(King Henry V, act 2, sc. 2)
Comment. Rarely an episode shows the symbolic meaning of things and the current patterns of society as the recent developments arising from Edward Snowden’s revelations. Revelations about the immense spying operation by the US Government on US citizens and on the world at large.
After Snowden exposed the Obama administration’s worldwide surveillance program the political establishment and the corporate media have run a bi-partisan, non-stop campaign to discredit him and to besmirch his character and reputation.
Character assassination (or outright assassination) is an old tool of any government when caught in the web of its own treason. For once and for now the public does not seem to fall for the campaign to discredit Snowden. If a vote were taken to determine whom the American people found more trustworthy and believable—Snowden or Obama, the Congress and the media—Snowden would win hands-down.
Particularly significant about the media campaign are the authoritarian and bullying arguments advanced to condemn him. A bullying, for once, no longer concealed behind a smokescreen of Orwellian words. The bullying and threats extend not only to Snowden but to Hong Kong, China, Russia, Ecuador – that is to any country that does not kneel at the foot of the empire.
The key point of the media is that the illegality, the crimes, the lies of a government towards its own people are irrelevant. Citizens owe the government total and unquestioned obedience. That is, the loyalty owed to the state outweighs whatever moral and political obligations a citizen feels to inform his fellow citizens of the government’s subversion of democracy. It is the same argument for which the government is working to condemn Bradley Manning to a minimum of 20 years in prison (after 3 years already spent in jail and in solitary confinement). That Bradley saw and heard soldiers on a helicopter killing 12 Baghdad civilians including children as if it were a video game and a laughing matter (“Kill those bastards”) should have not been a concern to him.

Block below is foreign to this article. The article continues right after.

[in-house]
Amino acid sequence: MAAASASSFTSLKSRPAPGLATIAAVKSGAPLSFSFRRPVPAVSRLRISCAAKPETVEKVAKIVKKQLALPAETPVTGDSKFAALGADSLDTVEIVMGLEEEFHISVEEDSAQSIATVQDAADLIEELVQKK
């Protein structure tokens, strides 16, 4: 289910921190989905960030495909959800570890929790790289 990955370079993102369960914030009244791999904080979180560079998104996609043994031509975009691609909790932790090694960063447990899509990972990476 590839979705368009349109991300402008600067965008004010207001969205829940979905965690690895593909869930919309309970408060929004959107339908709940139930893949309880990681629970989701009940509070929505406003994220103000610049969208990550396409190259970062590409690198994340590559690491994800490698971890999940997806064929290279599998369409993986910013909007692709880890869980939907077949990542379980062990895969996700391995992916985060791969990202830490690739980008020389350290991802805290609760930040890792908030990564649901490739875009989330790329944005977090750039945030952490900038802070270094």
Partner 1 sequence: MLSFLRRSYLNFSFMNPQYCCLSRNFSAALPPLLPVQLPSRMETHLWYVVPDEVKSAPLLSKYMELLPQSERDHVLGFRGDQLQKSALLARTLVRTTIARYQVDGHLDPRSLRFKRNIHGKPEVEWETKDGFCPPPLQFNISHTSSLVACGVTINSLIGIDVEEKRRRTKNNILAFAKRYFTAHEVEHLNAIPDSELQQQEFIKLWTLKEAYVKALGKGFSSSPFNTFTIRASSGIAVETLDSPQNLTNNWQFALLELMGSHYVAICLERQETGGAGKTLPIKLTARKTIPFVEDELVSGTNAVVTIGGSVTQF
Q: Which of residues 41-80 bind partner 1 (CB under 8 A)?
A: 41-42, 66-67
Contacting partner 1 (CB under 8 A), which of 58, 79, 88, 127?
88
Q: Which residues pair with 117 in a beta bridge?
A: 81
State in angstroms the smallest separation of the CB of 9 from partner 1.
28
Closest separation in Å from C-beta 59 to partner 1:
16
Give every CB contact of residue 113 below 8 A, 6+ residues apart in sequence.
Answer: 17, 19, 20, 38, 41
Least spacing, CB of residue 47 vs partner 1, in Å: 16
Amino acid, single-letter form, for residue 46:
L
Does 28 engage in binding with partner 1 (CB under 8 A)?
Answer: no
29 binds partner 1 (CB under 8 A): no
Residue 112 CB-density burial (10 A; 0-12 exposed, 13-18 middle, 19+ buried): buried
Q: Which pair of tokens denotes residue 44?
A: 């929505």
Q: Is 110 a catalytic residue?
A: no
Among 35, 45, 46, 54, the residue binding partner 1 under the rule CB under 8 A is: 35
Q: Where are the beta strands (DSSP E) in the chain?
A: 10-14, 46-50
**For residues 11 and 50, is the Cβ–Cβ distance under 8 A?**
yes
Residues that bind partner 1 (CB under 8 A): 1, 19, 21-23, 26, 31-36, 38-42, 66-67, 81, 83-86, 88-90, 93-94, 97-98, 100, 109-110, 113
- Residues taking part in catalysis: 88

The citizen, according to this wretched administration, should take example from the bees, as in these lines from Henry V,
“Obedience: for so work the honey bees,
Creatures that, by rule in nature, teach
The act of order to a peopled kingdom.”
That the corporate media is but the PR front of the government and of the Pentagon is already an established fact. What is symbolic and illustrative of the current pattern of society is the reaction by the so called “liberals” and “democrats”. They have used the occasion to formally abandon any pretense of being “different” from the “neo-conservatives” and, by extension, from the most rabid republicans.